We are enslaving ourselves to others, and causing massive waste of potential Torah study time. Many people spend enormous amounts of time visiting others, or attending celebrations and parties more than necessary, merely to remain in other people’s good graces of others, even at the cost of missing their nightly class, or waking up late the next morning and missing their morning study. This feeling of being subservient to the wishes of others also applies to one’s own home if it causes the wasting of time at home with wives and children with unimportant matters of no consequence. Subservience to the wishes of others is also the cause of interrupting Torah study to immediately answer all phone calls when they could have waited. 

 

HaRav HaGaon Rabbi Ephraim Oschry zt”l, Rav of Beit Medrash HaGadol on the Lower East Side of Manhattan, once told me a story about his Rebbe, the great Chofetz Chaim zt”l. A successful businessman once traveled with his family to a large market-fair to sell his wares, but as soon as the stalls and wares were set up to sell, the businessman disappeared. The family looked for him and found him sitting studying in the Beit Medrash. They screamed at him that he was wasting precious time. He could be selling his wares at the fair, as people were coming to his table to buy, but the seller could not be found. 

 

The businessman replied that he could not go back to the fair. He had a dream that night that he had passed away. After his death he was brought to the Heavenly Court where he was sentenced to damnation in Gehinom because he had not spent enough time learning Torah, and instead wasted his time with nonsense. He begged them to give him a second chance to fix this by accruing more zechusim through Torah study. They rebuked him harshly, but agreed to allow him to return to this world. When he woke up from the dream he thought about how he could have been be dead and in Hell right now, but Hashem was kind enough to grant him more life so he could fulfill Hashem’s will through Torah study. Consequently, it was theoretically as if he was already dead, and had no more obligations to people in this world. He could continue studying Torah with no distractions.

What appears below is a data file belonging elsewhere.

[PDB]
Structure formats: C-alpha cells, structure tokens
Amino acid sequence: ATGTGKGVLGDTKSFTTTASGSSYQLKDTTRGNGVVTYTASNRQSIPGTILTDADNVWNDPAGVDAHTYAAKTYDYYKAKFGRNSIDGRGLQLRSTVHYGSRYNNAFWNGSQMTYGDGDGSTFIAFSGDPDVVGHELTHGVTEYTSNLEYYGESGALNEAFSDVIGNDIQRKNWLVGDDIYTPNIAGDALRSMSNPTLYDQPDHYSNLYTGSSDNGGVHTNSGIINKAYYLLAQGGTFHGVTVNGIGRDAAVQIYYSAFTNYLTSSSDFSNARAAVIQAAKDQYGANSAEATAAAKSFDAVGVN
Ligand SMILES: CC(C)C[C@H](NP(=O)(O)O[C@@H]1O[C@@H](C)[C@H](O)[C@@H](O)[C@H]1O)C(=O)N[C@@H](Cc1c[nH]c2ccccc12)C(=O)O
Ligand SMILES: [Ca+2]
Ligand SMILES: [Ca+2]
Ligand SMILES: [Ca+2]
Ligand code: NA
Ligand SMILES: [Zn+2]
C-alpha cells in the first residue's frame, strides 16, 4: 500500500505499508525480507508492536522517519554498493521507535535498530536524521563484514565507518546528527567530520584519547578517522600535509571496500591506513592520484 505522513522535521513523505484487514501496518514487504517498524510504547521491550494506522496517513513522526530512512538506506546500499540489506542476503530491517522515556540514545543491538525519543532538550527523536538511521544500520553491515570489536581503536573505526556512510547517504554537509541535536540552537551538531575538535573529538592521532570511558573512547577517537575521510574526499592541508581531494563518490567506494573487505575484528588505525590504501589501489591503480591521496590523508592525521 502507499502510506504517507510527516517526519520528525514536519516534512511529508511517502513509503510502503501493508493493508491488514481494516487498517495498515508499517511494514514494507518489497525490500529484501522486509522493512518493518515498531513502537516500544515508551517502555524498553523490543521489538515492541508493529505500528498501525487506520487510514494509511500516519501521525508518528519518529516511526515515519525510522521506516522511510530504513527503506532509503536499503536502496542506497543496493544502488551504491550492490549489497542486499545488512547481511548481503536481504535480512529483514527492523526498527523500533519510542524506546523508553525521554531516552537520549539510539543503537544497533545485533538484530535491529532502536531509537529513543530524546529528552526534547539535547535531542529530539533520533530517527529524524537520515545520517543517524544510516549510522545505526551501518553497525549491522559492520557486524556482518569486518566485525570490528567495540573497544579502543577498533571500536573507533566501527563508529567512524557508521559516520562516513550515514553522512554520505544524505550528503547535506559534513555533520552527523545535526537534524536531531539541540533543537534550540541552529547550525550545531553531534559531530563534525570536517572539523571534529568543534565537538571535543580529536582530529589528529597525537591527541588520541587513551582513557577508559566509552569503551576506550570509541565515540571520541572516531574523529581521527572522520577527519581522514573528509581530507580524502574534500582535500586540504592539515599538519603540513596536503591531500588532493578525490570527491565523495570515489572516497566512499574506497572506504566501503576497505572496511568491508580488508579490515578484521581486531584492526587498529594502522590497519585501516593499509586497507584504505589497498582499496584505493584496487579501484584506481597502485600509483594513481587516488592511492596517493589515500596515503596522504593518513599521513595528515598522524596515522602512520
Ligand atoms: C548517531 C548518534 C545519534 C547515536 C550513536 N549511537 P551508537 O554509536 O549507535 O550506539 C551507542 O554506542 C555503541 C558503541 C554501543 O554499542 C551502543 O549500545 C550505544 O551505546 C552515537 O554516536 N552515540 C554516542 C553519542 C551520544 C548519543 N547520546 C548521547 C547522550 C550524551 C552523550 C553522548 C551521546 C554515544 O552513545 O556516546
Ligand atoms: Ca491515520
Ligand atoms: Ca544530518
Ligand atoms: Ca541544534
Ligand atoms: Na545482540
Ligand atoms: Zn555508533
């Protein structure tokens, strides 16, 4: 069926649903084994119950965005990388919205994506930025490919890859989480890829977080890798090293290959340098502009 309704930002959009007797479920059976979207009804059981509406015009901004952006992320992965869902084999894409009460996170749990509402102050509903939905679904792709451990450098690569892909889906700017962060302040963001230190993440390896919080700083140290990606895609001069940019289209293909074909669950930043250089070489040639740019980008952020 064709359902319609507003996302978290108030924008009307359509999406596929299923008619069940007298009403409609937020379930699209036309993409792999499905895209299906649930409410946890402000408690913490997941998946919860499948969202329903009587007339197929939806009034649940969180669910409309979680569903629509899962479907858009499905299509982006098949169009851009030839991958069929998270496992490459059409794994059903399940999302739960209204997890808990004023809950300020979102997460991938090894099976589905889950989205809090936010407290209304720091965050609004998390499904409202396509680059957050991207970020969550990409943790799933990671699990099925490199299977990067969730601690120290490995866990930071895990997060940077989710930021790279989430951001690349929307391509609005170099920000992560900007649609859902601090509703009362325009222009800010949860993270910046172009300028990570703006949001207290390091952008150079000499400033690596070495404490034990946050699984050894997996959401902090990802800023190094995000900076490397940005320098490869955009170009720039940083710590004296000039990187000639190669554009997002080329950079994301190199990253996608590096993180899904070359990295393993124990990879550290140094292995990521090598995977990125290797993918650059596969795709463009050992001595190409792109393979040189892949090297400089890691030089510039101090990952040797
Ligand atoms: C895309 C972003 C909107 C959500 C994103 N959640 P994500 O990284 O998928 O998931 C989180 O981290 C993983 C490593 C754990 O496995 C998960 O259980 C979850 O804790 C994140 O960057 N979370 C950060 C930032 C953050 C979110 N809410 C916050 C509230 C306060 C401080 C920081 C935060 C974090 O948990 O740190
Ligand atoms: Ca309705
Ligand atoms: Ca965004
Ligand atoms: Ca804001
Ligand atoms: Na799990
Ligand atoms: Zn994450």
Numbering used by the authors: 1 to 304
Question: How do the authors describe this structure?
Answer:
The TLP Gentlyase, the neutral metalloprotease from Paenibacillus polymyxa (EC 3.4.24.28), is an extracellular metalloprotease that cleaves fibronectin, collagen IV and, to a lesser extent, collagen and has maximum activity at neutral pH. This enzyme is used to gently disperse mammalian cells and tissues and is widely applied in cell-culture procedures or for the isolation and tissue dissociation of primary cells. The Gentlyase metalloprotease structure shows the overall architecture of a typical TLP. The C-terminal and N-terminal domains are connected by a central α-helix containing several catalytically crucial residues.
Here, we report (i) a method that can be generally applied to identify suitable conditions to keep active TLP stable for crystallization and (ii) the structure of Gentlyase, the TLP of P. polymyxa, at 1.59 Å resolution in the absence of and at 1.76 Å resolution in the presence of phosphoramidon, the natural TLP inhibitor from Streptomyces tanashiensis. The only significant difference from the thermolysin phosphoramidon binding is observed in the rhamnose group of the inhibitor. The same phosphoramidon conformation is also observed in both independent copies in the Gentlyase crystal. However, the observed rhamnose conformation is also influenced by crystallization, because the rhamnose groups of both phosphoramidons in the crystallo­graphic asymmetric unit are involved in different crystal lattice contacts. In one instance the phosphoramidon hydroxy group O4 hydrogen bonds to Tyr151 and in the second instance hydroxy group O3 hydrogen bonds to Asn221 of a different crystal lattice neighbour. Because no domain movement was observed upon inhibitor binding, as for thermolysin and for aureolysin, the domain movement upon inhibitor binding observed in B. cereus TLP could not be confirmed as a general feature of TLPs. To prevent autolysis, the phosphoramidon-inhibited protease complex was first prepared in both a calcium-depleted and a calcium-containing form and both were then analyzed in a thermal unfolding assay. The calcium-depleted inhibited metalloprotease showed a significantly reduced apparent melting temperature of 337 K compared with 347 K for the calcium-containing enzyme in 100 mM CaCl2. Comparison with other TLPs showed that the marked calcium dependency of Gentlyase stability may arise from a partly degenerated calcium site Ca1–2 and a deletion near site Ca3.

We must all take a lesson from this story, to overcome our feeling of obligation to others, and to accept the Yoke of the Kingdom of Heaven completely, recognizing that our only obligation is to Hashem, the Creator. We must look at every situation and ask ourselves what is it that Hashem wants us to do now, and how much time is needed for the task. We must show others that we have accepted upon ourselves the yoke of Torah, which overrides all other obligations. 

 

This is what our Sages say in Pirkei Avot: “Anyone who accepts upon himself the yoke of Torah will have the yoke of government and society removed from him” (Avos 3:4). Perhaps this is the reason that as we  enter  Yom  Kippur  at  Kol Nidrei, we hug and kiss the Sifrei Torah and forget about every other obligation we have in the world, and nullify all of our vows and oaths. We accept upon ourselves a strong resolution on this day of repentance, that when we dedicate ourselves to the study and fulfillment of the Holy Torah, we nullify every other obligation. 

 

Now is the time for all of us to accept this yoke, and commit ourselves to an established time of study each day, which we will never disregard. We should be preoccupied with this study all day long, and have everything else in our lives revolve around our Torah study. We should turn off our phone these periods and ignore anything that holds us back, so our mind and heart is free to fulfill the mitzvah of Torah Study with complete calm and clarity, as is proper and fitting. In this zechut, we will merit a gmar chatimah tovah and receive all of the blessings stated in the holy Torah! 

 

***  

The Kalever Rebbe is the seventh Rebbe of the Kaalov Chasidic dynasty, begun by his ancestor who was born to his previously childless parents after receiving a blessing from the Baal Shem Tov zy”a, and later learned under the Maggid of Mezeritch zt”l. The Rebbe has been involved in outreach for more than 30 years, and writes weekly emails on understanding current issues through the Torah. You can sign up at www.kaalov.org